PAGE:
Vakhan, the Vakhan Valley and the Vakhan Corridor are the different names for one of the most interesting places in the world. The picturesque valley is named so after the stream running on its bottom, the Vakhandarya, a tributary of the legendary Panj River flowing along Tajikistan's southwestern border, where Tajikistan is separated from Pakistan by a strip of Afghan land, narrow (between 20 km and 50 km) and long (200 km from the Tajik village of Ishkashim in the east to the Takmansudavan Pass on the Afghanistan-China border, in the west). Squeezed between the Pamir Mountains (Shakhdara and Alichur Ranges) from the north and Hindu Kush from the south, the territory is often called the Vakhan Corridor.
Although the area is extremely difficult to pass, the Vakhan Corridor since ancient times was actively used as a trade route, one of the Great Silk Road’s branches connecting Badakhshan in present-day Tajikistan and Yarkend in China. This was the way Marco Polo, the famous Italian merchant and traveller, used in 1271. These areas remember the troops of Alexander the Great and the Caliphate, as well as the Mongol hordes. In the late 19th century the region became an arena for the competition between Russia and Great Britain, the world’s strongest powers at that time. All this has made the Vakhan culture an original blend of different religions, traditions and systems, while the local people are remaining in perfect harmony with the majestic mountains they live amidst.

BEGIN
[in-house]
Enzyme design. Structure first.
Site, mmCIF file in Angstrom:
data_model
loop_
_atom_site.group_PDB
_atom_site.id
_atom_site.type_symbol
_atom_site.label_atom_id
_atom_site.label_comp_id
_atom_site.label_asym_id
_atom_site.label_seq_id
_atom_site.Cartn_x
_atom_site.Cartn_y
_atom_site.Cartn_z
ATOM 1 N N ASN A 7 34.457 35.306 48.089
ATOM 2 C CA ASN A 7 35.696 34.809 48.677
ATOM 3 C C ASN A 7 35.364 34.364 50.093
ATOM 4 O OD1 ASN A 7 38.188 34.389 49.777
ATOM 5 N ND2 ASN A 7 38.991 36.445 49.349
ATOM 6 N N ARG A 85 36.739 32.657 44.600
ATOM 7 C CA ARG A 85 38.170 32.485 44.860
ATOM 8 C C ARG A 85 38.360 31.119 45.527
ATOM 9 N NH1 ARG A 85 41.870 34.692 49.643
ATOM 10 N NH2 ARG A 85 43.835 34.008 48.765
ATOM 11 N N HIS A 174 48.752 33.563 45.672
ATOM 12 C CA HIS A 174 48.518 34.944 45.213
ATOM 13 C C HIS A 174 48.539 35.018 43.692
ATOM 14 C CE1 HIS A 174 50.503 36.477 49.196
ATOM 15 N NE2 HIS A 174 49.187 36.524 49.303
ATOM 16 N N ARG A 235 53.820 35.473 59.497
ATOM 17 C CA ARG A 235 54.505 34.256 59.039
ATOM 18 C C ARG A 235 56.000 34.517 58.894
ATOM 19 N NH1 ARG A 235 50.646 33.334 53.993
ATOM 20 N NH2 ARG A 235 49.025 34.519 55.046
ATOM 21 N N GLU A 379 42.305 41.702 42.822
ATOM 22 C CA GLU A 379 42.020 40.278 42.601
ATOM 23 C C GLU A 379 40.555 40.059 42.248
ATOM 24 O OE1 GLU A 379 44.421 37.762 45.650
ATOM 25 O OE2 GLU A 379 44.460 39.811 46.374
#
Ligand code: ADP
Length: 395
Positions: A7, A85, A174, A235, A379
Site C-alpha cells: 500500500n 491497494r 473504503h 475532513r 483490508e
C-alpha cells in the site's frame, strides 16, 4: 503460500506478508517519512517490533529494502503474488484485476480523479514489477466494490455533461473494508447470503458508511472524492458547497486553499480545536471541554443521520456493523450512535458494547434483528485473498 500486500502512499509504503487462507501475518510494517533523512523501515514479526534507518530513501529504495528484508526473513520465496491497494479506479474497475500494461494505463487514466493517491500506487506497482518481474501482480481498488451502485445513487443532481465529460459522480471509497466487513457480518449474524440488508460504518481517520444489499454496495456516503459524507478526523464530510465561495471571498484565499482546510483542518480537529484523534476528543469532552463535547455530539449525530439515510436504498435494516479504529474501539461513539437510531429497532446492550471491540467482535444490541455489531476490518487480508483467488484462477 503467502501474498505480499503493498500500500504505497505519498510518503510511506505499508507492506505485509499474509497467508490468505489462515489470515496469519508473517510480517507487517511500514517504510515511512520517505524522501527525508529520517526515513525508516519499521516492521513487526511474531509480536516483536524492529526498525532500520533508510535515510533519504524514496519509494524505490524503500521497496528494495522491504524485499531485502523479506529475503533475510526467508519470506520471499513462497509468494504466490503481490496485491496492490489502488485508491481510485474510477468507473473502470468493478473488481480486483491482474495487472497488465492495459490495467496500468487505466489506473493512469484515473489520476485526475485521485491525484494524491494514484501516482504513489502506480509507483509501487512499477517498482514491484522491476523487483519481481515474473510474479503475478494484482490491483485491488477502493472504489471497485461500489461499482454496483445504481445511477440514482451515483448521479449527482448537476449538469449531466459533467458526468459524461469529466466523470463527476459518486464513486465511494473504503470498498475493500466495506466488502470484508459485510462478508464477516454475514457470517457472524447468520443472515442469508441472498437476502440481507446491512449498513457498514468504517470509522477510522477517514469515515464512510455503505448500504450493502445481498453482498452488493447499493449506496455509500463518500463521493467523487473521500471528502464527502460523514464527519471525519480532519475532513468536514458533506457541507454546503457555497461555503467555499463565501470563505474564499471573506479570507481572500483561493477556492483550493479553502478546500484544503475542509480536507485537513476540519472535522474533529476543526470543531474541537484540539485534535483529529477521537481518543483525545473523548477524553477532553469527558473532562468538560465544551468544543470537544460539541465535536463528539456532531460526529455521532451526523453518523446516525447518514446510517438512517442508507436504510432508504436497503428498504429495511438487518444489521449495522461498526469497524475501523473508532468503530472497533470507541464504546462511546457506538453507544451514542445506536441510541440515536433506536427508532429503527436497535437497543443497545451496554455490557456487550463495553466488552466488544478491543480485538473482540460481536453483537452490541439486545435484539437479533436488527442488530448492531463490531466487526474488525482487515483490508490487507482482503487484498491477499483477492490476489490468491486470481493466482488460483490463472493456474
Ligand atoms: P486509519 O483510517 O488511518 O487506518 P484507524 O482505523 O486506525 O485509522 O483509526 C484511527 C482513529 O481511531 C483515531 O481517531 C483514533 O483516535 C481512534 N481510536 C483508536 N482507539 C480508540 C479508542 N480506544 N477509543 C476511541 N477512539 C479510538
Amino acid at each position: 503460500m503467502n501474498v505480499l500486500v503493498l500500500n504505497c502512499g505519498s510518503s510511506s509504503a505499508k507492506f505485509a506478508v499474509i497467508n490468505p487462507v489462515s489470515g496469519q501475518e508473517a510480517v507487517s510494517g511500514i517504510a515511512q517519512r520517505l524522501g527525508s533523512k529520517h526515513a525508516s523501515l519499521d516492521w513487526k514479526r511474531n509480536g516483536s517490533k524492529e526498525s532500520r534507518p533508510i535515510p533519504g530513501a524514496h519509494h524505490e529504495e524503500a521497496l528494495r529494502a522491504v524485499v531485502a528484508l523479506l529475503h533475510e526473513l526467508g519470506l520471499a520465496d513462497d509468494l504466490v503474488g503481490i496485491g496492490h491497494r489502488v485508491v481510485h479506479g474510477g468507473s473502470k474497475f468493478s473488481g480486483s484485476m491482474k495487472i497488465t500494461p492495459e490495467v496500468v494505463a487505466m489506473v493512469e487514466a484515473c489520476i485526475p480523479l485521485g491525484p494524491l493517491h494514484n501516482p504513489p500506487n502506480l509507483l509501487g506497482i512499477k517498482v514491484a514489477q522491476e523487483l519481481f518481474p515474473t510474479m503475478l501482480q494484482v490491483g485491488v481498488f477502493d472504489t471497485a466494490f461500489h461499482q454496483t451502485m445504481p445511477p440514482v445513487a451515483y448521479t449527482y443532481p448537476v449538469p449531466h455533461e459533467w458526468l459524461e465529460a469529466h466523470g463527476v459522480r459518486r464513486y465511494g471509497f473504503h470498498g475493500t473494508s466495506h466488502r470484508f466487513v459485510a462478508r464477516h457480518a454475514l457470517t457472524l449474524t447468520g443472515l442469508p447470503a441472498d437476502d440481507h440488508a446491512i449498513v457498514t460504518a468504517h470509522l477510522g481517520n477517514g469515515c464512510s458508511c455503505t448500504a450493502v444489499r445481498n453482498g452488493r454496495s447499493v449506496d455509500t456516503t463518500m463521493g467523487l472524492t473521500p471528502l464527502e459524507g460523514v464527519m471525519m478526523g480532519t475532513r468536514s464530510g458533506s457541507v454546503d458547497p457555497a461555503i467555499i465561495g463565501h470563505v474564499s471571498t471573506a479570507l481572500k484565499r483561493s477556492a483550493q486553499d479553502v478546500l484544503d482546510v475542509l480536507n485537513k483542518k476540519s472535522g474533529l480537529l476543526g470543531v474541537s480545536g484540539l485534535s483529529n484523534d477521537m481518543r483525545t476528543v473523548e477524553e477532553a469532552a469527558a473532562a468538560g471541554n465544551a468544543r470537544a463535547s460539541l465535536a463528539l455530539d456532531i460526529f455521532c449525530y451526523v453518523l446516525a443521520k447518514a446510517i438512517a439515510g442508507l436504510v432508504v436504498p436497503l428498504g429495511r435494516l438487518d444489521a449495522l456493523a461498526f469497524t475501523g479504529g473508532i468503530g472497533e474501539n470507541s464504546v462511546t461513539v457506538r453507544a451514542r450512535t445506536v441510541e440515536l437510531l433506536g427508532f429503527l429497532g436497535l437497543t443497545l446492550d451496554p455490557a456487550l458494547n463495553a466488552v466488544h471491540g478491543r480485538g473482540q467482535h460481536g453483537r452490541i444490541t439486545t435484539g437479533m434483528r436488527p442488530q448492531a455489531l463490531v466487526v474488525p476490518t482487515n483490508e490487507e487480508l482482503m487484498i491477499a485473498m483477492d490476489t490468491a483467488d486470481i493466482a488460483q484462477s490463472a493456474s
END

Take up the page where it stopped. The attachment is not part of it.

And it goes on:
In recent years the region has grown greatly popular among tourists travelling in Tajikistan and Afghanistan. As ASIA ADVENTURES does not organise tours in the territory of Afghanistan, below you will find descriptions of the most interesting attractions in the Tajik portion of the Vakhan Valley.
The most popular places in the Vakhan Valley are the villages of Ishkashim, Yamg, Yamchun, Langar and Vrang, the ancient fortresses Kaahka, Yamchun and Ratm and the Fatia-Bibi spring. The area abounds in beautiful views of the Panj and Vakhandarya Rivers and their valleys and the snow-capped peaks of Hindu Kush. The Vakhan Corridor serves as a starting point for the ascent of a number of world-famous peaks, such as Mayakovsky, Karl Marx and Engels.
The people in the Vakhan villages are hospitable, friendly and good-natured.